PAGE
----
"Oread," one of H.D.'s earlier poems, was first published in the magazine BLAST in 1914 and has become one of her most anthologized works. Scholar Gary Burnett points out that the publishing history of the poem is notable. While "Oread" is one of H.D.'s earliest Imagist poems, it was not part of a complete collection until 1924, when it was included in Heliodora. The title Heliodora alludes to Greece and H.D.'s use of Greek myth, as well as playing with H.D.'s initials—bringing to the forefront H.D.'s identity as speaker in many poems, and including her in the mythical paradigm. Burnett writes, "This is not to imply that her two earlier volumes—Sea Garden of 1916 and Hymen of 1921—are not concerned with the relationship between image and identity, but only that 'Oread' becomes part of the collection in which this concern is for the first time explicitly foregrounded." In the 1925 book Collected Poems, "Oread" was placed in a section called "The God," separate from Heliodora, which more accurately reflected the poem's chronology and status.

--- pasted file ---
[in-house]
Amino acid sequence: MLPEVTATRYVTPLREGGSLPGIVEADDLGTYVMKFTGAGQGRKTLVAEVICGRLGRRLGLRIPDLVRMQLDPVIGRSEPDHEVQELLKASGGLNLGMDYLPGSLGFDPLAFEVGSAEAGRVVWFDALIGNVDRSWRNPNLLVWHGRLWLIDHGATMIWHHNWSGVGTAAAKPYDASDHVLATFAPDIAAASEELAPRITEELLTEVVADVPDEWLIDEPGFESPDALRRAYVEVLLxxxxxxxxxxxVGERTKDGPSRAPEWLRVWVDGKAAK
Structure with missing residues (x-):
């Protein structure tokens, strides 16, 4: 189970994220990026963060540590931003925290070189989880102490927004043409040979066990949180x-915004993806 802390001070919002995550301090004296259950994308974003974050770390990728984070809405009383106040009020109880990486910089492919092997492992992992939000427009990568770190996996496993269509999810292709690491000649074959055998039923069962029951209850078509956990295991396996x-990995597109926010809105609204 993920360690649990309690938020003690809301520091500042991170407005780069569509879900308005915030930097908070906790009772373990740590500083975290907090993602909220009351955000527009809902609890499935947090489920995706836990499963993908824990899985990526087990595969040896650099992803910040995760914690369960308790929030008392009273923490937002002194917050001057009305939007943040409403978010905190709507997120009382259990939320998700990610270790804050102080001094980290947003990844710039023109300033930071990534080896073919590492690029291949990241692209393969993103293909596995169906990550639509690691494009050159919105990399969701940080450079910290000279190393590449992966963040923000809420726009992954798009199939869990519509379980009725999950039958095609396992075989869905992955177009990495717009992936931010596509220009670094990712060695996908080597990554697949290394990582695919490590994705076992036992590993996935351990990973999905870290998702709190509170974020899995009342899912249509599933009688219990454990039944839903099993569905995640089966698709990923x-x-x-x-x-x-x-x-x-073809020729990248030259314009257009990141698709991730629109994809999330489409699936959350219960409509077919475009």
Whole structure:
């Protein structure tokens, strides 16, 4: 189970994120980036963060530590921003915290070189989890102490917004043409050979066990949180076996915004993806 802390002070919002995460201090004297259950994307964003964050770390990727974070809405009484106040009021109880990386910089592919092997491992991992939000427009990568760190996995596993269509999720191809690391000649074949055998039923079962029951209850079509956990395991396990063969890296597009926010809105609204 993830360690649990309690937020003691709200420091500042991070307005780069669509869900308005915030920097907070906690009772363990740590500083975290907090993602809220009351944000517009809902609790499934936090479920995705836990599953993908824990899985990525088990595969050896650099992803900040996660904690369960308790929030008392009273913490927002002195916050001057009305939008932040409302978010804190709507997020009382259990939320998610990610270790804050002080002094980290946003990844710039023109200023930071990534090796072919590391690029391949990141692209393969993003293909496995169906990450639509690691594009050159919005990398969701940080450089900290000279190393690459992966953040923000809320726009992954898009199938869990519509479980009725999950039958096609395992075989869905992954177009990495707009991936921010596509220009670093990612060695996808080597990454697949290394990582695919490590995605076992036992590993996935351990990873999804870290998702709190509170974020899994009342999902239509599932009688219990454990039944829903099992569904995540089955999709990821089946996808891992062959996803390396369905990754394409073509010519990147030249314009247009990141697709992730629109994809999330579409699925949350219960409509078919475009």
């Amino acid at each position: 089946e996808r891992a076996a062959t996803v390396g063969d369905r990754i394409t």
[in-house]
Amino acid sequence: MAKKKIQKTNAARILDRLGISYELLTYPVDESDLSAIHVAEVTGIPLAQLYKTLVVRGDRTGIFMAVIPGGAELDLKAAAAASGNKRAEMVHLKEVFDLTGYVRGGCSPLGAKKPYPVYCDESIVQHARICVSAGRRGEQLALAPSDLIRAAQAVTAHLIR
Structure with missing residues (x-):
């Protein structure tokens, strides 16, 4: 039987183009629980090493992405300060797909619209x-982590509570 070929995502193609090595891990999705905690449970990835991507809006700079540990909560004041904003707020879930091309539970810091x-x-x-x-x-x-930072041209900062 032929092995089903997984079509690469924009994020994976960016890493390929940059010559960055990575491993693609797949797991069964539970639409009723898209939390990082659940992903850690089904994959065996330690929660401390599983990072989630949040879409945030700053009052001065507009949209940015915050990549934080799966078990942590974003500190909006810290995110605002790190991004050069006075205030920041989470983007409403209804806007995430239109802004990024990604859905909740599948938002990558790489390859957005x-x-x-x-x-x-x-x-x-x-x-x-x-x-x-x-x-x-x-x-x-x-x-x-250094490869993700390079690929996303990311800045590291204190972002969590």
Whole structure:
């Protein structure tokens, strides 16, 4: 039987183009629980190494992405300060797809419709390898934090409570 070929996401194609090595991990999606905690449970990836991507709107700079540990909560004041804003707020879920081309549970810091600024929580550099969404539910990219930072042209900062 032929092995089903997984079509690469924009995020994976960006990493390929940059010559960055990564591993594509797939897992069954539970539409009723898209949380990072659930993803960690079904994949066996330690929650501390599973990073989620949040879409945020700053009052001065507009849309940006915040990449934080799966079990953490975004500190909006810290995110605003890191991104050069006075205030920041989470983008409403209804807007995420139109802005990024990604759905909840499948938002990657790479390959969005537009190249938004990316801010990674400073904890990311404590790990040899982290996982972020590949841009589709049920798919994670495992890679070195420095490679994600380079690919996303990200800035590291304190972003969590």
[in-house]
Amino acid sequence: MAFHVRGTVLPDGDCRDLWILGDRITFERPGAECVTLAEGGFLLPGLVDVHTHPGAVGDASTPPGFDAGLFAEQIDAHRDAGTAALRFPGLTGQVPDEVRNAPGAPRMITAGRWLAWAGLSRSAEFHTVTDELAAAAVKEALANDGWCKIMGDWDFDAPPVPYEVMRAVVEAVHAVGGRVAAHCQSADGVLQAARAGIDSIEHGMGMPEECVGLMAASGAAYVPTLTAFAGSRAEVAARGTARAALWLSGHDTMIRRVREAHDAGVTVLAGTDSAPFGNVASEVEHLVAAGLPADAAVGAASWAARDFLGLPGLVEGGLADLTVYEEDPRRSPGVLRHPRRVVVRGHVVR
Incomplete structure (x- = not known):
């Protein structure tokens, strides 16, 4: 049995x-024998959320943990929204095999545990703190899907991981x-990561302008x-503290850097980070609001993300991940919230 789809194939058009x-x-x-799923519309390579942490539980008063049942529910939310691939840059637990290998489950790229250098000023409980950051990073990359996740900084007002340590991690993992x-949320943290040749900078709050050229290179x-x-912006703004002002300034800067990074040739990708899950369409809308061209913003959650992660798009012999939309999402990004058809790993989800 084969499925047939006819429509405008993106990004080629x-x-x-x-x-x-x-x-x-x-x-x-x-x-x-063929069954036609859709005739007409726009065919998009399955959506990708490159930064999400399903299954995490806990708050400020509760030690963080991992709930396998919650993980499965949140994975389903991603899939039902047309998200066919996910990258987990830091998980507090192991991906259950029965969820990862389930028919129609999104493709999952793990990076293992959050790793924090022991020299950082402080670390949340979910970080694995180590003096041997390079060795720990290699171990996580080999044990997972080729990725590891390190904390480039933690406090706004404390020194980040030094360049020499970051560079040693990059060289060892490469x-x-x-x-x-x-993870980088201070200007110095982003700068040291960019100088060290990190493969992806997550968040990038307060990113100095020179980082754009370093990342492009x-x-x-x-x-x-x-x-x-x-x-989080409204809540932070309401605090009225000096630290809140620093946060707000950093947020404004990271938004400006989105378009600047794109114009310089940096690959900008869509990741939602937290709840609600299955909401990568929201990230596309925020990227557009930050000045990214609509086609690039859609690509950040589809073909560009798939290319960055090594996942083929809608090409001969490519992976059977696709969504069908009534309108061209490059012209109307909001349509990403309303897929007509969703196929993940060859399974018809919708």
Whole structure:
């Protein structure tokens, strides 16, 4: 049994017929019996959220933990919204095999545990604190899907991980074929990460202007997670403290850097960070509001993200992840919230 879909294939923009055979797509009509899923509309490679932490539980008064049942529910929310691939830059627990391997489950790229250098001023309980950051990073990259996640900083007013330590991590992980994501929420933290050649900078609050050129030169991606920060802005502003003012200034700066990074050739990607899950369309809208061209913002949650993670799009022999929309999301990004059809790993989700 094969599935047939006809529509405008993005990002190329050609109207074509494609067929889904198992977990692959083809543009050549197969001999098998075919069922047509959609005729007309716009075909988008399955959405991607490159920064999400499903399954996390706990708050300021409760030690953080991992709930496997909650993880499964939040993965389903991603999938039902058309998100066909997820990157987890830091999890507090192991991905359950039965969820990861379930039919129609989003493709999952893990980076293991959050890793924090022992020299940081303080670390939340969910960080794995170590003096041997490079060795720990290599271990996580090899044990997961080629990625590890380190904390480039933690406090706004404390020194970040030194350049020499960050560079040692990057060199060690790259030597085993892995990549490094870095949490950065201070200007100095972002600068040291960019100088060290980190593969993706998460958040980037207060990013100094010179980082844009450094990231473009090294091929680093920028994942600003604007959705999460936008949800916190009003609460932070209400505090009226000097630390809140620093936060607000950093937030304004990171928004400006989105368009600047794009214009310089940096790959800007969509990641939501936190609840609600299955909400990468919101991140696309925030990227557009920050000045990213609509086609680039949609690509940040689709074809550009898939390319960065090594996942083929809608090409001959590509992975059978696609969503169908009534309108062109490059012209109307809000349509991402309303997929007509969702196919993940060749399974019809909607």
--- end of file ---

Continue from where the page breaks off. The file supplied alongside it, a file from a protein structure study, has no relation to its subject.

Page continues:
The epitome of the Imagist style, "Oread" offers a simultaneous density and simplicity that stuns the reader with its fervor. The poem stands as an example of the function of "dream-work," as Freud would put it, allowing the speaker to experience and express emotion and sensation through a scene removed from its original context. Early poems like "Oread" laid the foundation in H.D.'s career for a poetic ontology riddled with psychoanalytic influence. Critic Susan Friedman notes:
The rational eye of the conscious mind would not see pine-tree waves, splashing pines, or "pools of fir." Such vision belongs to the "Kingdom of the Illogical." If H.D. were to report such dream images to Freud, he might well have called them an illustration of "dream-distortion"...The speaker does not say that a rough sea looks like pointed trees; she sees tree-waves. Just as the dream-work gives the dreamer a visual representation of unconscious impulses, so the poem conjures an illustration of nonrational reality that conveys an "intellectual and emotional complex" in a highly condensed form.
Although "Oread" relies heavily on imagery, like many of H.D.'s poems, it goes far beyond sensory experience and into the psyche—using scenes of myth and metaphor to probe affective constellations of desire, fantasy, and power.